He specifically criticized Daan Everts to have met with organizations like Project Vote, fighting against a new electoral law in Texas considered discriminatory for disadvantaged minorities. The law of 2011, which was rejected by an appeal court in Washington in August, requires in order to vote, to present a driver's license, a passport or a permit to carry weapons, but refuses student card or proof of residence, hitherto allowed. Texas has appealed this decision to the U.S. Supreme Court. Many voices believe that the law disqualifies minority voters, mostly favorable to Democrats, because they often do not have birth certificates or because the establishment of their identity is costly and complicated. Greg Abbott cites an opinion of the OSCE that this would be "an obstacle to the right to vote." "Your opinion is not legally valid in the United States, where the Supreme Court has already held these laws constitutional " (in Georgia and Indiana, note), says Abbott.

 Cf. "In Texas, international observers are not welcome," in LE MONDE, Paris, 24 October 2012:


 and "Texas warns OSCE: forbidden to approach polling stations" LIBERATION Paris, 25 October 2012:






Douglas W. Jones and Barbara Simons

Center for the Study of Language and Information

ISBN (Paperback): 9781575866369

ISBN (Cloth): 9781575866376

ISBN (electronic): 9781575866499

Publisher: Center for the Study of Language and Inf

Series: Center for the Study of Language and Information – Lecture Notes Series

Pages: 420


What other experts are saying about the book:

 * “The cornerstone of our democracy is the right to vote and the right to have that vote counted

as it was intended. Broken Ballots first demonstrates clearly and compellingly the extent to

which that right is in jeopardy. Then it lays out a plan to preserve and protect that right. Kudos

to the authors and to all those fighting to safeguard our democracy.”

— Kevin Shelley, Former California Secretary of State.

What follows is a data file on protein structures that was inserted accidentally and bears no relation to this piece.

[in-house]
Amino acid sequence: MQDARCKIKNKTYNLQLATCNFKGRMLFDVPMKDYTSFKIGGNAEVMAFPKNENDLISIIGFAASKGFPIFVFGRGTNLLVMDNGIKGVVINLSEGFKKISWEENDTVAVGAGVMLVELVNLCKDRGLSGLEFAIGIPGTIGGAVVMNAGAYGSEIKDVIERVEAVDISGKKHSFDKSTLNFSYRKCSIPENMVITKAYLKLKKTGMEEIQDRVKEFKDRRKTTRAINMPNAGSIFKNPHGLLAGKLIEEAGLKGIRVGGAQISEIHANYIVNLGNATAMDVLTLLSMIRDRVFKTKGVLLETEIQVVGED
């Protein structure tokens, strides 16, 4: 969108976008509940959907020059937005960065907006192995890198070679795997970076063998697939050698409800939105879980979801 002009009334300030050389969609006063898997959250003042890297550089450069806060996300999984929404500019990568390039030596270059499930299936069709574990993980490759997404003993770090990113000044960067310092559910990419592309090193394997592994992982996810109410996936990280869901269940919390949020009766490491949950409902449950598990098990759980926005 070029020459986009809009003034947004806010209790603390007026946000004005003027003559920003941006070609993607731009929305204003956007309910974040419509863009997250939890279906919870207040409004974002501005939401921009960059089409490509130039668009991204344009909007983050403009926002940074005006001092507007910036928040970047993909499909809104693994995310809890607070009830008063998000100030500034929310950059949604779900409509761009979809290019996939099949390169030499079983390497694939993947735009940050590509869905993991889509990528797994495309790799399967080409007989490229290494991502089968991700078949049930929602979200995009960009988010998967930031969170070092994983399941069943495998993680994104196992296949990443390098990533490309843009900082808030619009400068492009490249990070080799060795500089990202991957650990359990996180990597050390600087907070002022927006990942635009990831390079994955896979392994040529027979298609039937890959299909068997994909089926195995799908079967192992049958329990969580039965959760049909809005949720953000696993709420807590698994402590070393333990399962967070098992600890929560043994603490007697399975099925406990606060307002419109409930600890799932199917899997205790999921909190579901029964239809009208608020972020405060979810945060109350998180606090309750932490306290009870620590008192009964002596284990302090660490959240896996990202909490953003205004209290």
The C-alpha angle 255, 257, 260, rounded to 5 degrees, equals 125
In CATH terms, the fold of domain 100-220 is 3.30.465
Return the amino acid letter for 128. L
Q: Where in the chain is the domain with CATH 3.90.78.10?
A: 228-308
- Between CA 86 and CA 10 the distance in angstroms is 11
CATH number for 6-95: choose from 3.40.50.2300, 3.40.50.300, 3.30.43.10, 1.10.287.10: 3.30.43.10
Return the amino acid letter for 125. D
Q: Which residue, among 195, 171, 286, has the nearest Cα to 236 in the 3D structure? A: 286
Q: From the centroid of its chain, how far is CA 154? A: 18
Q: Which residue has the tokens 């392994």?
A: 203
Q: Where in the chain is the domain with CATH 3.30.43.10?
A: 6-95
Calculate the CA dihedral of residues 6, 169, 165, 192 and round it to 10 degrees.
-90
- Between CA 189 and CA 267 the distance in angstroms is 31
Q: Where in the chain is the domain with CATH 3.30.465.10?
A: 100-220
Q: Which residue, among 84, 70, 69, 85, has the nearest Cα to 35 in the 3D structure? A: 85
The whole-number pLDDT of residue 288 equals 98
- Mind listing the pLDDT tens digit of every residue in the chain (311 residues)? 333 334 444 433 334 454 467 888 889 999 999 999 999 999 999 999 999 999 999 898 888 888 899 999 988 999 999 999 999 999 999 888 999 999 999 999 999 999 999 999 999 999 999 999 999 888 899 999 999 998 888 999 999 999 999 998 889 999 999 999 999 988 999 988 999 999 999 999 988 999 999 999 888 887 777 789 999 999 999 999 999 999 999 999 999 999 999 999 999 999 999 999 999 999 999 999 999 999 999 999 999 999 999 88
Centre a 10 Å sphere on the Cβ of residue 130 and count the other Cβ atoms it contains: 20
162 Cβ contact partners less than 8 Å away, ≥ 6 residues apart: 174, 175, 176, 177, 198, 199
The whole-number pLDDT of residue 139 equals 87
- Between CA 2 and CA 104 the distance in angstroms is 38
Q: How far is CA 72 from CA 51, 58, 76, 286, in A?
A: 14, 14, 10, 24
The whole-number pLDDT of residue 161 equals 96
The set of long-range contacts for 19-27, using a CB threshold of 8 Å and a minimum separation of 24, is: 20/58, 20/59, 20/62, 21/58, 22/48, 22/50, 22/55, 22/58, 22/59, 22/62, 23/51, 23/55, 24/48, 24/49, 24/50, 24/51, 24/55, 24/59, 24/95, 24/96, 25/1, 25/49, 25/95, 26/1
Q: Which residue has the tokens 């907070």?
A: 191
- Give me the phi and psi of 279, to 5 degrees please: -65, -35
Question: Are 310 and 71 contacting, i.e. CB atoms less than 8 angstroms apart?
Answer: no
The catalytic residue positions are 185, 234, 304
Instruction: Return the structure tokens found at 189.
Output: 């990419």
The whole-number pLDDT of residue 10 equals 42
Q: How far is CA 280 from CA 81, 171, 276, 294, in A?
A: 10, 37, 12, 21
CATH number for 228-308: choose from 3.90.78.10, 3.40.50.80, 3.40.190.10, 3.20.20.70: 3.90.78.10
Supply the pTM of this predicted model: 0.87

* “This book is a must read, not only for election officials and other policy makers, but also for

public interest groups who seek to protect the vote and, indeed, for every citizen who wants his

or her vote to be counted.”

— Fritz Schwarz, Chief Counsel, Brennan Center for Justice at the

New York University School of Law.

 * “Broken Ballots is the definitive source of information about voting technology, past and present. But it is not purely focused on technology issues; it also thoroughly examines the policy issues surrounding the use of various voting technology. Most importantly, it documents the history of how these issues have been dealt over the centuries.The authors were directly involved in making some of that history in the last decade. This recent history is a particularly fascinating case study of many aspects of the making of policy about the use of technology, including the roles of business, election officials, politicians, activist, and technologists. It is not possible to understand elections without understanding the technology that makes them function (or malfunction). This book is essential reading for anyone who cares about elections.”

— David Dill, Professor of Computer Science at Stanford University.

 * “Americans want to believe their votes are counted reliably, fairly, and fully, yet they have a nagging suspicion that all is not well in our country's voting systems. Broken Ballots chronicles in the greatest detail how these suspicions have been examined and how improvements have been pursued, rejected, implemented, or defeated. Jones and Simons detail the intricacies involved in maintaining the integrity of voting procedures and technologies and in protecting the outcome of elections from error or manipulation. Presenting evidence that ballot box access and security are under serious threat by the push for unauditable voting machines and untested and unsecured internet-based voting, Broken Ballots forces us to examine closely our electoral process. As a nation, we must take a serious look at the suggestions provided by Jones and Simons and enact the legislation needed to make strides toward secure, accessible, and verifiable elections. What can be more important?”